Family Law litigation aims to determine how each party conducts itself lawfully after a family separation. This often has to go through the Federal Circuit Court (or Family Court for some more serious and complex cases) due to a breakdown in relationships, or a battle over custody, finances or assets.
Before any party can commence parenting proceedings, they must first attempt Family Dispute Resolution (FDR) with a mediator, unless it is a case involving family violence or child abuse. Sometimes an agreement can be set in place by a lawyer for this, but other times a dispute does not reach a settlement and the matter goes to court. This is where an Interim Order and Final Order comes in.
Likely situations where an Interim Order and Final Order (or just Final Order) is filed include but are not limited to:
- Parenting arrangements
- Property settlements
- Spouse maintenance
- Exclusive occupation of a former matrimonial home
- Child abduction
What are interim orders?
Interim hearings are designed as a way of conducting short-term solutions until the final hearing takes place. Often they are filed for due to urgent matters that need addressing before the court brings the case to a close.
Interim orders (also known as Temporary Orders) are heard usually between 2-3 months after an Initiating Application is filed, and last until the Final Order is made, which is when the case is closed.
What happens in an Interim Order Hearing?
Interim hearings are generally heard in less than two hours unless it is a special circumstance which may last longer.
An Interim Order hearing is not a cross-examination of witnesses, and it does not determine disputes of fact. An interim hearing is instead based on “papers”, which mean that decisions will be based on affidavits, and other papers on file, and will not include any oral argument from either party.
An example of a short-term solution passed in an Interim Hearing is one parent being awarded temporary custody of children until the Final Order determines a final settlement.
What are Final Orders?
Final Orders are what brings the case to a close. The hearing will end with a solution from the judge, based on the dispute between both parties involved.
What happens in a Final Order Hearing?
The length of a Final Hearing will depend on the complexity of the case. If you have a lawyer representing you in Court, they will outline your case, otherwise, you may do this yourself. The respondent or their representative may cross-examine you or your witnesses, and vice versa.
In the Final hearing, the court will consider the evidence and facts of each case and will grant (or not grant) orders as requested. They will take much into consideration before settling on a verdict.
For instance, some examples of situations involving the court include a custody battle or even spousal maintenance when one party cares for children of the relationship. In these cases, the Court will take into consideration many different factors, including but not limited to:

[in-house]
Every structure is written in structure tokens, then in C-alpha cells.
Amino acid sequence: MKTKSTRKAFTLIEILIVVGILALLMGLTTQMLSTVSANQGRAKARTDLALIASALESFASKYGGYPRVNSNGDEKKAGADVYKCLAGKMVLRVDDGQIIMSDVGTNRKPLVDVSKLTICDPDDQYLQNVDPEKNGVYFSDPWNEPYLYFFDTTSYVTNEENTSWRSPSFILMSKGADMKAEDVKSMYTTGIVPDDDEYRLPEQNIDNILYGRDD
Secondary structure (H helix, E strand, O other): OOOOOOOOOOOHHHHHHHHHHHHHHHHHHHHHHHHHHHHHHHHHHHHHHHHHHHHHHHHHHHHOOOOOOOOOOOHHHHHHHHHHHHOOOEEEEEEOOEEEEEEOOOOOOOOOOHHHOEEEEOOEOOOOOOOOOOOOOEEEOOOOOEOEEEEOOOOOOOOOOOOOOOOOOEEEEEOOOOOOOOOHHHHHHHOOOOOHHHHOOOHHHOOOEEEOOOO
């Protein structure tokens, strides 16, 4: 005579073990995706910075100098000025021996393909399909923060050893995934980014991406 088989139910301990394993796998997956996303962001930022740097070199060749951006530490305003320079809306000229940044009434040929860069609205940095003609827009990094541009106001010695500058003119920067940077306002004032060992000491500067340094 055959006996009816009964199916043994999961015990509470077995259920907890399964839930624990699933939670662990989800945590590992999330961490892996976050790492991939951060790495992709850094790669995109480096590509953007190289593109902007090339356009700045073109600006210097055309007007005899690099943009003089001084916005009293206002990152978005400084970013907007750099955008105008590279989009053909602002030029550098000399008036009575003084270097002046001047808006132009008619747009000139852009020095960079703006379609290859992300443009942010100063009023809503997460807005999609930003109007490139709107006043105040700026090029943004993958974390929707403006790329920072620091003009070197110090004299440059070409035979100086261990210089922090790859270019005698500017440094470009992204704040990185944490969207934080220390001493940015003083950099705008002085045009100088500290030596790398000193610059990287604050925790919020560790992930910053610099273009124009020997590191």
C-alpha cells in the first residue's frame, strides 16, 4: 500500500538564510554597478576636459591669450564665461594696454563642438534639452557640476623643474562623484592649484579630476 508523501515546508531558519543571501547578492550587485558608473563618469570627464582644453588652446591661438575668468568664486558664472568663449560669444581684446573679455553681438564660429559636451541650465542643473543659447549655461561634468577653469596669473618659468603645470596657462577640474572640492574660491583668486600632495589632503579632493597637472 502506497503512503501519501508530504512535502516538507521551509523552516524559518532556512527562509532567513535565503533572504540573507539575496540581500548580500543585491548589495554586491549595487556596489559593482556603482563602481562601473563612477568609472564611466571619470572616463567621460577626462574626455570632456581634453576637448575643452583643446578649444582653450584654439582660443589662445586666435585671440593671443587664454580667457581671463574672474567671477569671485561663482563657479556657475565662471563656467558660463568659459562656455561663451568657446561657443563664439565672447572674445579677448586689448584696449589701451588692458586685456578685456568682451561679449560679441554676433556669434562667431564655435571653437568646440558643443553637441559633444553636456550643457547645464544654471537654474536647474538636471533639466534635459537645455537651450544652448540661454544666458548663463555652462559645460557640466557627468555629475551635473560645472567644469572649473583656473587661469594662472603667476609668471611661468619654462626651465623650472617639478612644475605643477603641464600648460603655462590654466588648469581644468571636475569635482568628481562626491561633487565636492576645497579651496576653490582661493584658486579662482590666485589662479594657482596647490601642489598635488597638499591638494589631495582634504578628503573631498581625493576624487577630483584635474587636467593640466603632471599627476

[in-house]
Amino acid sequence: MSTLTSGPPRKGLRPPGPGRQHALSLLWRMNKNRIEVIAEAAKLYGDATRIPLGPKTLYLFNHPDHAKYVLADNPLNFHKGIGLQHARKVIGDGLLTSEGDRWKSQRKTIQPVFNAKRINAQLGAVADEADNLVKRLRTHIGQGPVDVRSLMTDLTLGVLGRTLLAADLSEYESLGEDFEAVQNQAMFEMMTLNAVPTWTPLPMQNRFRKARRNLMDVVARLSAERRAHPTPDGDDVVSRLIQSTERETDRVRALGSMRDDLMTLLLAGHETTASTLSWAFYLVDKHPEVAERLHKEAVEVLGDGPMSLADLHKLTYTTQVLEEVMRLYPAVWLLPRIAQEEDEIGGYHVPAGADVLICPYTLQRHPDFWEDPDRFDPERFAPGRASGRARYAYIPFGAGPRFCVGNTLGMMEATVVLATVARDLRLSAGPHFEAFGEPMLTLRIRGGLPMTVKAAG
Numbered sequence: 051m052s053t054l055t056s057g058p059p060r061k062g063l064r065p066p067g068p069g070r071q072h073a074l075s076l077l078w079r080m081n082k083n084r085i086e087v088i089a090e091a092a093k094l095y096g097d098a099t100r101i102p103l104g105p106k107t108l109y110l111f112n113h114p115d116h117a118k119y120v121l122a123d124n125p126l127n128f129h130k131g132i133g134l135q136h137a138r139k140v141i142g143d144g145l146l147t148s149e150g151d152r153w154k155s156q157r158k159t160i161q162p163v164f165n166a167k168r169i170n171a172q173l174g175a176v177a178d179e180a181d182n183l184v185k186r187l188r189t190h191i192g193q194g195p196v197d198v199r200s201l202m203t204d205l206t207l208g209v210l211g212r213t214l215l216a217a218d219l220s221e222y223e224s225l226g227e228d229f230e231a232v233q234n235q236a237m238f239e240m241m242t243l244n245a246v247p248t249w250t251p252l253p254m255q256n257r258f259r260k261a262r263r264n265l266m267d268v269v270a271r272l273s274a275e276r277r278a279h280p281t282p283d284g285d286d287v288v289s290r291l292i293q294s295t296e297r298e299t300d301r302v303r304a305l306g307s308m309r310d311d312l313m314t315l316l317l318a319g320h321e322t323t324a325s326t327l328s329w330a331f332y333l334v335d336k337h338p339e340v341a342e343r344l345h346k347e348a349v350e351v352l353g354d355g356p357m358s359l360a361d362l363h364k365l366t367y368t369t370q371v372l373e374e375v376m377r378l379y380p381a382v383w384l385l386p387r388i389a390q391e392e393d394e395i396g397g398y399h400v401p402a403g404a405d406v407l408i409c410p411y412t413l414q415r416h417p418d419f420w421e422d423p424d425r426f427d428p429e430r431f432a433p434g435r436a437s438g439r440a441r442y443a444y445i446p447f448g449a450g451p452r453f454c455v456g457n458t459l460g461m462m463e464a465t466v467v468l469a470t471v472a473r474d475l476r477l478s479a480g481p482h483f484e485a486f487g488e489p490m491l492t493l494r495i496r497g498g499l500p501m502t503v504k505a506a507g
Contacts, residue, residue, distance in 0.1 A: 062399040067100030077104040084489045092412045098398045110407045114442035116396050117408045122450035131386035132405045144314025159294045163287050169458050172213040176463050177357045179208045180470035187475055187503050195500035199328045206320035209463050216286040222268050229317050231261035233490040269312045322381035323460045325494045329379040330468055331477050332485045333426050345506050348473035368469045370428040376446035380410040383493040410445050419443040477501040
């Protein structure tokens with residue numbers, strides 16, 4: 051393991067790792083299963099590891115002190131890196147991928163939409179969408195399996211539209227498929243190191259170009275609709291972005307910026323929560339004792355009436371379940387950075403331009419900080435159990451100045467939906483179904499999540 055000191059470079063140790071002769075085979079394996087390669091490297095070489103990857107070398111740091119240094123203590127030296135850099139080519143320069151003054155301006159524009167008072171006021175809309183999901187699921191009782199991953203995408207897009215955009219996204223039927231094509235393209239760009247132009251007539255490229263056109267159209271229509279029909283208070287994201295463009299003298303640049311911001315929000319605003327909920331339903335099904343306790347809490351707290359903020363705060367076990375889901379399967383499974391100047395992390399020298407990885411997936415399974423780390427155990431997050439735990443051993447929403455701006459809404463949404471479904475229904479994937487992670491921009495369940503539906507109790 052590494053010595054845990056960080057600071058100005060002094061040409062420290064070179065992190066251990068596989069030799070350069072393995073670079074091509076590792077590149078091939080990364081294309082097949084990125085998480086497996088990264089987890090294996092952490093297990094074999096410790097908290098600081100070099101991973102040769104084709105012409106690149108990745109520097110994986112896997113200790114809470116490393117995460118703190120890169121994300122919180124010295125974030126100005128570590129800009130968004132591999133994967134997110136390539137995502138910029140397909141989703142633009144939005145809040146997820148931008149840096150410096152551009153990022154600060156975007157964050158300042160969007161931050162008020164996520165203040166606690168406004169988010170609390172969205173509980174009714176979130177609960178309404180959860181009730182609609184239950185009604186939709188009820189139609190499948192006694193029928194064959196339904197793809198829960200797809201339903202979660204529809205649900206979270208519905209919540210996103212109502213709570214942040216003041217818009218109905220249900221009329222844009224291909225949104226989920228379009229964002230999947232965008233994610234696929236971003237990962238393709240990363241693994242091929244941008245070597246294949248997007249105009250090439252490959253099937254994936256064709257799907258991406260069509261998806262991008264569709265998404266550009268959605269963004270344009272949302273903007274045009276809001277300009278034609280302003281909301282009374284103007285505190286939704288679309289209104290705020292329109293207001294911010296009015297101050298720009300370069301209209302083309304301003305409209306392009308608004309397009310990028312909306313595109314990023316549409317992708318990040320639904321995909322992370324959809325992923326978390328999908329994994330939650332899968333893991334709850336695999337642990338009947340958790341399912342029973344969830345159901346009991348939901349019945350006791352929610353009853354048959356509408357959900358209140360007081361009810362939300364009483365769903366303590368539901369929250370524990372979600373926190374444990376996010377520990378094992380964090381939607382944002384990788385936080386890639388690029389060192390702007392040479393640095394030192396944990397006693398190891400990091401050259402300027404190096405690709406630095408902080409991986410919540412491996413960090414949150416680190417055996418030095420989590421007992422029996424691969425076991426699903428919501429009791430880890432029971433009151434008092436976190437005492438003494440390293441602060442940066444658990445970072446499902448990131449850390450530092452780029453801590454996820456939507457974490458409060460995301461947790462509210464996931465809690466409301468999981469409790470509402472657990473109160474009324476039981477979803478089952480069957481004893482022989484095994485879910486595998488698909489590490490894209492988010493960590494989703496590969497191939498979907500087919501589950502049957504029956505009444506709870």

- The age and health of any involved children
- Time spent with any involved children, including each parent’s input in activities and school
- Health and safety of children and parents
- Household income
- Assets and financial resources
- Capacity for employment
- Pension eligibility or government benefits
Once a Final Order is settled by the judge, all parties must comply.
How do I apply for an Interim and Final Order?
You cannot file an application for an Interim Order without filing for a Final Order as well. You can file just a Final Order without having an Interim Order first.
To file an Interim order and/or Final Order you must:
- File an Initiating Application
- File a Financial Statement (if it’s a financial matter)
- File a 60i Certificate (if it’s a parenting matter)
- File affidavit evidence from yourself, witnesses and experts
- Pay the filing fee (this must be paid when applying)
You are able to apply for orders even if the other party has filed an order first. This is called a Response, and once filled out and submitted, will put you in the same position as the other party.
How can Taylor & Scott help?
Though Court staff are able to answer your questions should you have any, they are not able to provide legal advice. A law firm like Taylor and Scott are able to walk you carefully through the process, providing legal advice and a representative in Court to assist you from start to finish.
Documents required vary from case to case and are also dependent on which Court you are filing your application. We can help you compile the correct documents and ensure everything is covered to form a strong case.
A situation that involves going to court often becomes stressful and emotional. Arming yourself with a lawyer specialising in Family Law cases will provide a calm and focused case to the Court to achieve the best outcome for you. Your lawyer will be able to manage your expectations, walk you through the process, and explain what steps to take.
Not only will our team of specialists in Family Law be able to use their experience and expertise to represent you in court, having A Taylor & Scott lawyer by your side during a difficult process will help disburse your stress, allowing you to focus on the wellbeing of you and your family. For legal advice you can count on, contact us on 1800 600 664 or email us at email@example.com
At Taylor & Scott, We Care For You.